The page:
photos has never been easier
by Alan Zisman (c) 2003 First published in Business in Vancouver
Issue #724 September 9- 15, 2003 High Tech Office column
On August 11 HP's
CEO Carly Fiorina introduced 158 new consumer products,
including printers, all-in-ones, digital cameras, scanners, DVD
recorders, Media PCs, and more.
Stealing a page
from Apple's playbook, Ms Fiorina said: "The digital
experience is anything but empowering.... There is nothing harder than
making something complicated easy." HP's new cameras and printers, she
said, would cut the steps needed to print a digital photo from "more
than 50" to three.
That left me
puzzled. fifty (or more) steps to print a digital photo? So I plugged
my Olympus C-720 digital camera into my Dell notebook
to see just what it would take to print a photo. Quickly, a dialogue
box popped up offering possible actions, including "Print Pictures
using the Photo Printing." One click to select that, another to click
"OK." Up popped a list of 10 print arrangements and sizes. One click
to select a size, another to click "OK." Done. Total: four clicks.
nice ($75) Photoshop Album software installed, I could have
picked that from the initial pop-up. Then, I would click on "Get,"
then click to close Album's initial window. Click to select the
to print, and again on the printer icon. Finally, select a size and
page layout from an extensive list, and click "Print." Nine clicks,
but still reasonably quick and easy. Album provided more options
without overwhelming the user.
Apple, with its
digital hub strategy, has tried to make it easy for users of new Macs
to get down to business with digital cameras, camcorders, MP3 players,
and the like. On my Mac, when I plugged the camera in, Apple's free iPhoto
program popped up. I clicked "Import" to get the photos, selected my
photo, and clicked the "Print" button. Again, I got to choose a size
and layout option, and clicked "Print." Total: 5 clicks.
using a relatively new camera with modern operating systems: Windows
XP and Mac OS X 10.2. Users of older hardware and software don't have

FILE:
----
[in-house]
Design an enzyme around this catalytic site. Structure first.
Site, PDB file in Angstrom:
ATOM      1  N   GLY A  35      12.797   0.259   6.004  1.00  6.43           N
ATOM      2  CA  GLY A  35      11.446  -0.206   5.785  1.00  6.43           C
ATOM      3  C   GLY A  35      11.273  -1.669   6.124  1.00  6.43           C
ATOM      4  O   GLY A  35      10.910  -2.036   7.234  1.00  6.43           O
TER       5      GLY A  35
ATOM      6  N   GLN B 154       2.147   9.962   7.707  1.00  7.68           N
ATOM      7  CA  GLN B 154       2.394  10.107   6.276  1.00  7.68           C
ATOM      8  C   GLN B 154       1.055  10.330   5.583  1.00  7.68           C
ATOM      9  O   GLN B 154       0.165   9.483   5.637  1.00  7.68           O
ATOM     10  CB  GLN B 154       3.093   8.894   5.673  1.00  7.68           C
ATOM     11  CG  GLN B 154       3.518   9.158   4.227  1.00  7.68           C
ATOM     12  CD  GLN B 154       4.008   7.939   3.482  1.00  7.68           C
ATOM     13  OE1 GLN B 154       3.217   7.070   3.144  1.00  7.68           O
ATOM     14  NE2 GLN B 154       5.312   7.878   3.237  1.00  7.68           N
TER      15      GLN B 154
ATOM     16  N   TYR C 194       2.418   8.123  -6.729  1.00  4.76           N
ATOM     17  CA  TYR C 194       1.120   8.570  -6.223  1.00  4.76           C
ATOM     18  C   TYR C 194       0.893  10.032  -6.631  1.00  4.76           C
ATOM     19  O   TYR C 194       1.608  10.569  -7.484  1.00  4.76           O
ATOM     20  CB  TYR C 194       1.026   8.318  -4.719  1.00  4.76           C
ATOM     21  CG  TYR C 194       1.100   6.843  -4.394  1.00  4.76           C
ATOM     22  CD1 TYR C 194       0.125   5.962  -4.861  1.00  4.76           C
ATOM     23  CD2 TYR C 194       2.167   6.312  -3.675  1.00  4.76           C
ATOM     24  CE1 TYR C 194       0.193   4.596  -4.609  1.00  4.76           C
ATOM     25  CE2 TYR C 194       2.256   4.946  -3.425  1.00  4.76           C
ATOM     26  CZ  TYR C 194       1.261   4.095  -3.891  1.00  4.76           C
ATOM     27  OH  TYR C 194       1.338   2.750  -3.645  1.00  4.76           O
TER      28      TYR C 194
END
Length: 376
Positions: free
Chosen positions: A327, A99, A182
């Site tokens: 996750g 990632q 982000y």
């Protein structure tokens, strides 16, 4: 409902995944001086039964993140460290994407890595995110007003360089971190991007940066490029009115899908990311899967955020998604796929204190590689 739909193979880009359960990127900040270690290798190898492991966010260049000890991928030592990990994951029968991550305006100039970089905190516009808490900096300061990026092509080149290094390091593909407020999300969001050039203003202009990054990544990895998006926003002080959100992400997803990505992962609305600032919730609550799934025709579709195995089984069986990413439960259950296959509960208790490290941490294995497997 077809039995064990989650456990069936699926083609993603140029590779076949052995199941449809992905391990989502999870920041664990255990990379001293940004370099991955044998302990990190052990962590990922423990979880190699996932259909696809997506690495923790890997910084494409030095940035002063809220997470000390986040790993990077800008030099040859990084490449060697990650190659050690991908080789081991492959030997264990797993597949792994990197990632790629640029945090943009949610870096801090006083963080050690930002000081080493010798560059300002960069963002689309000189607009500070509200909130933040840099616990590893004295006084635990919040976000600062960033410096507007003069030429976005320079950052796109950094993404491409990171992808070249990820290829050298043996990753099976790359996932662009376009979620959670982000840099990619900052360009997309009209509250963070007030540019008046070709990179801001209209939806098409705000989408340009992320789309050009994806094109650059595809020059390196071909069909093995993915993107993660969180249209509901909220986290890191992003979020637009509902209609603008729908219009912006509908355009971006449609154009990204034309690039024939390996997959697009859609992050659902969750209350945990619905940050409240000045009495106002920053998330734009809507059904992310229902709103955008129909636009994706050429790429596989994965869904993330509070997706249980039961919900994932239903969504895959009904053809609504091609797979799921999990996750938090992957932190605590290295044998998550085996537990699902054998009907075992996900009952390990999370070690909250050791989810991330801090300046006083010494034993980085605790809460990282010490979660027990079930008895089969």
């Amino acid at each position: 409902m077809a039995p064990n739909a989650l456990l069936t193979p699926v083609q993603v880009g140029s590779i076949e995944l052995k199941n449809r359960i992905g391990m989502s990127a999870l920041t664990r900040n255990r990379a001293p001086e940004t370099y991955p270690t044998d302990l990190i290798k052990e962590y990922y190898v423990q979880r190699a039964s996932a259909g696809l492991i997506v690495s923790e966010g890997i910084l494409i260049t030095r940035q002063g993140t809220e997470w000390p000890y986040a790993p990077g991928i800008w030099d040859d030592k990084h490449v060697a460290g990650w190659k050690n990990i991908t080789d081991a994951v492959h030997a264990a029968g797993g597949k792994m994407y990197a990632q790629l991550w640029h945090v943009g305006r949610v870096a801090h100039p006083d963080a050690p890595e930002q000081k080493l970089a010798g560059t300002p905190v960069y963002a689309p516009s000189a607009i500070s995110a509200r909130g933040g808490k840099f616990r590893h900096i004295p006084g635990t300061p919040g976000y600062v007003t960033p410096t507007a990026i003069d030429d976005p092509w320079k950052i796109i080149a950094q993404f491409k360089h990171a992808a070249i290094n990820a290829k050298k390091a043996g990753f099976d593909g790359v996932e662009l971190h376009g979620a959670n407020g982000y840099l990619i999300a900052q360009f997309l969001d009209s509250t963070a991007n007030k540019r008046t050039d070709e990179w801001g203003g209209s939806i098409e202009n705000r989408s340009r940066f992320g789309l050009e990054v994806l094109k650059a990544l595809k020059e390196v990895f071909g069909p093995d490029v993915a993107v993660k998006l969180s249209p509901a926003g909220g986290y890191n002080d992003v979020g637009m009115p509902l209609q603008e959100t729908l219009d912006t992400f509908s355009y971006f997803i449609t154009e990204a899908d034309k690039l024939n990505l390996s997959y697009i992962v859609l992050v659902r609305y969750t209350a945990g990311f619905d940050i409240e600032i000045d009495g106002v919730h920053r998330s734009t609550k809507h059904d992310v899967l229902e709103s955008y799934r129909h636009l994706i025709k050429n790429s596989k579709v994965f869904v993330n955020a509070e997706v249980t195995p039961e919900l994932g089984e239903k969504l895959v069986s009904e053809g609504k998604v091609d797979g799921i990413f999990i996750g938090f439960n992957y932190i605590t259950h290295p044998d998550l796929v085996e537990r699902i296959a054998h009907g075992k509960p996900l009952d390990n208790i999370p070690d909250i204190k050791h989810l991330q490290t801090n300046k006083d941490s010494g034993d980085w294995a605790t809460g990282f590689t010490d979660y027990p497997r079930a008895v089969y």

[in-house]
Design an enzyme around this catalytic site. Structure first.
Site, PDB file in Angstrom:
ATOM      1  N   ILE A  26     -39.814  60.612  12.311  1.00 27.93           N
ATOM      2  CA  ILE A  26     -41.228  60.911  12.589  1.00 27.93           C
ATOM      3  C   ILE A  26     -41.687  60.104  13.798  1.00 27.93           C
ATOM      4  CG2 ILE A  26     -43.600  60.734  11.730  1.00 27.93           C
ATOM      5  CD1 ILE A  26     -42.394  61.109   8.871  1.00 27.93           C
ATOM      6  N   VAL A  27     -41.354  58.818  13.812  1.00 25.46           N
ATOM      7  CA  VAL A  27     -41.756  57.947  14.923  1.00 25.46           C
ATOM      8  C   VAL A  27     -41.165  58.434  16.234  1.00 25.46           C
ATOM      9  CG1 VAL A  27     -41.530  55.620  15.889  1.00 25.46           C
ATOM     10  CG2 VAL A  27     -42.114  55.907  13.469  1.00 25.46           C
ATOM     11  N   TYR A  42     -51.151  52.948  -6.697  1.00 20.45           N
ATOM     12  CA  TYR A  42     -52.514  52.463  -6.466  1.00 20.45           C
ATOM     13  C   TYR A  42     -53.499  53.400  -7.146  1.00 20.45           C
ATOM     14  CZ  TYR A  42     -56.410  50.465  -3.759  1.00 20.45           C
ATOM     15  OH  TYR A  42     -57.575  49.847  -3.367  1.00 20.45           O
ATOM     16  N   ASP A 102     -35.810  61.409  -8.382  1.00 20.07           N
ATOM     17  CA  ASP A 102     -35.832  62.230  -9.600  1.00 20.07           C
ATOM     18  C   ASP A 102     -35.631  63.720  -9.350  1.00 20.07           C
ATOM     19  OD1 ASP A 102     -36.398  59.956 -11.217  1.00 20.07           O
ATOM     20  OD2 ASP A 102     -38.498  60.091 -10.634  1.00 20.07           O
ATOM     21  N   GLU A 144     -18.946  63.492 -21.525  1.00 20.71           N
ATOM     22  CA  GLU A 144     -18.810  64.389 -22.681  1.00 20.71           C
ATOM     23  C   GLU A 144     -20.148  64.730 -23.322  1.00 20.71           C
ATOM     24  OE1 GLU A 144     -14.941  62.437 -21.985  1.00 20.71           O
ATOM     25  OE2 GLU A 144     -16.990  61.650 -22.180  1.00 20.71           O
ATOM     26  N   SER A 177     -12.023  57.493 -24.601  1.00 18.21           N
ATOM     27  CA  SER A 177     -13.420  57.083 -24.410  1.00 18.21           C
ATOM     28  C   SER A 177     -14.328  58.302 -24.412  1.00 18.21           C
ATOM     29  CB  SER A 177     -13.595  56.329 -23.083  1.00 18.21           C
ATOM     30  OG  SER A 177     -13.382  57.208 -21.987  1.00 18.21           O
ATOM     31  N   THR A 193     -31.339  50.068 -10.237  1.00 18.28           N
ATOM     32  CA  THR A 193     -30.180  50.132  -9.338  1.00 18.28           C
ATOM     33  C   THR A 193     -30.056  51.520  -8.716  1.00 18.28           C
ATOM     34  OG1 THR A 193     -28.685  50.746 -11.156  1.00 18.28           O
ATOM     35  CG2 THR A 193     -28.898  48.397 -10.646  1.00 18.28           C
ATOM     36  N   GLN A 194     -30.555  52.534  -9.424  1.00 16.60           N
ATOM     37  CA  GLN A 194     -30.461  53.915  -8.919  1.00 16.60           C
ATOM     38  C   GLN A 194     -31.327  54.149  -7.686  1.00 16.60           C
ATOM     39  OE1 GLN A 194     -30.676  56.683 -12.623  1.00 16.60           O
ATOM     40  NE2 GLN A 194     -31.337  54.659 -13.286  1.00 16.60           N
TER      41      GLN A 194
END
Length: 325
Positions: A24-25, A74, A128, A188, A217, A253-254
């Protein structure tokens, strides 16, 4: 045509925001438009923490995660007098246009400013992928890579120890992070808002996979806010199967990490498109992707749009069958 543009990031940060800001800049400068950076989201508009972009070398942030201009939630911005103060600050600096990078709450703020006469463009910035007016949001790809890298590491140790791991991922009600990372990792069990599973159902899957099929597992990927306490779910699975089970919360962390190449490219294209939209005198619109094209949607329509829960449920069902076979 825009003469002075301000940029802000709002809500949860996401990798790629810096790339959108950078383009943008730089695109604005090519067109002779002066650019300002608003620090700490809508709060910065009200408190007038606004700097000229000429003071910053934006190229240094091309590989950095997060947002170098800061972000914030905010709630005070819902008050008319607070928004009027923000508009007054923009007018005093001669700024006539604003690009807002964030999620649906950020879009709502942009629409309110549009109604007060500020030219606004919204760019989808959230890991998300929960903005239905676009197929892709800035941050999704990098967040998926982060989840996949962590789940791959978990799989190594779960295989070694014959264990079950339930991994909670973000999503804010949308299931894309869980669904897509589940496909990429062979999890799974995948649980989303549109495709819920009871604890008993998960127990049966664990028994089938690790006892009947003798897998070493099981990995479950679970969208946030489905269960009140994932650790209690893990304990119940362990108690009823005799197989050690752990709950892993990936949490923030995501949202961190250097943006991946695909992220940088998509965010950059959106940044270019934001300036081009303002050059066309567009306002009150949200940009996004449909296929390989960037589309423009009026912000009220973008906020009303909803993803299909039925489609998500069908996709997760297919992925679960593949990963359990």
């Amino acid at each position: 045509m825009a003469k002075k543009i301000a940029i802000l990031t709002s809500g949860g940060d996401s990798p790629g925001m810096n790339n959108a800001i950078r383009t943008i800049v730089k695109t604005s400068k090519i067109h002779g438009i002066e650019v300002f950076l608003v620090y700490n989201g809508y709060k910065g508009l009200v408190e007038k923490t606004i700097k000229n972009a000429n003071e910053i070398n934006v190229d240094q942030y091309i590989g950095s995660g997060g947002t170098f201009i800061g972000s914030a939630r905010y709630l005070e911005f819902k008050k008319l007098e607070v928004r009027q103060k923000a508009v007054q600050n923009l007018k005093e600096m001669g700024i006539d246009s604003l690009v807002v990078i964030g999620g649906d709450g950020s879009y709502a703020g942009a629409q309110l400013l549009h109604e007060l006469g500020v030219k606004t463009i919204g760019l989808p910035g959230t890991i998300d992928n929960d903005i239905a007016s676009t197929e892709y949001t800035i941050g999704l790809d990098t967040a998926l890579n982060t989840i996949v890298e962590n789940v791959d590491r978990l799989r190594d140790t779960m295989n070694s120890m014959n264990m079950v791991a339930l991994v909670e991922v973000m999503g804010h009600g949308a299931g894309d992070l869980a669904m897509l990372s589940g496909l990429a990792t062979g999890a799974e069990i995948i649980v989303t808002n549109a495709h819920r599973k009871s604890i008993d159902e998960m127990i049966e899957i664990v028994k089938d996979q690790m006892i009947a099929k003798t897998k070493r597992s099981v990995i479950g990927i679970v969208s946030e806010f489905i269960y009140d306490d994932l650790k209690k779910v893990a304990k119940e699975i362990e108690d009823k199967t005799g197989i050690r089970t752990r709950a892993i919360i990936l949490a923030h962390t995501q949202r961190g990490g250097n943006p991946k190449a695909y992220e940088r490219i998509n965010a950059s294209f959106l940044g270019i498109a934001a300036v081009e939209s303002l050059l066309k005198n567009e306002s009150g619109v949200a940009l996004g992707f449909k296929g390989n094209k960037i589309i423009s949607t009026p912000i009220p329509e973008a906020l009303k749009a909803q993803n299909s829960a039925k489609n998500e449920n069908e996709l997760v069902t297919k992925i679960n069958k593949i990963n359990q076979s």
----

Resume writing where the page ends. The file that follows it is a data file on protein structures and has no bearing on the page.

built-in tools to simplify these tasks.
At work, I have
an older Agfa ePhoto 307 digital camera connected to a Windows
98 system. In order to use the camera with either a Windows or Mac
computer, Agfa's PhotoWise software needs to be installed. Then
double-click an icon to start the program (I guess that counts as two
clicks for Ms. Fiorina). Click on the "Camera" menu, and on the "Get
Pictures" menu item. Another click to approve the folder name where
the photos will be stored. Click on a photo, then click on the "File"
menu, then click "Print." Click "OK." Once installed, even this older,
proprietary software only needed a total of eight clicks.
So I remain
baffled how Ms Fiorina needs 50 clicks to print a photo. Nevertheless,
some things remain too complex, requiring users to navigate through
screens of mysterious icons and translate dialogue boxes of jargon.
On those new
Windows XP and Mac OS X systems, users shouldn't just unplug their
cameras when they're finished. (Ironically, I can safely do this with
the older camera.) On the Mac, the camera appears onscreen as a disk
drive, and users need to drag this to the "Trash." Simple, if not
In Windows XP,
it's more complex: first, locate an icon in the lower right-corner
with a microscopic picture of a card (or something) with a green arrow
over it and double click. A dialogue box pops up, labelled "Safely
Remove Hardware." No camera is listed; instead, pick "USB Mass Storage
Device" (huh?), and click "Stop." This time, a second list pops up,
including the camera name. Pick it, and again click to shut it down.
Finally, you get a notice that it's safe to remove the device.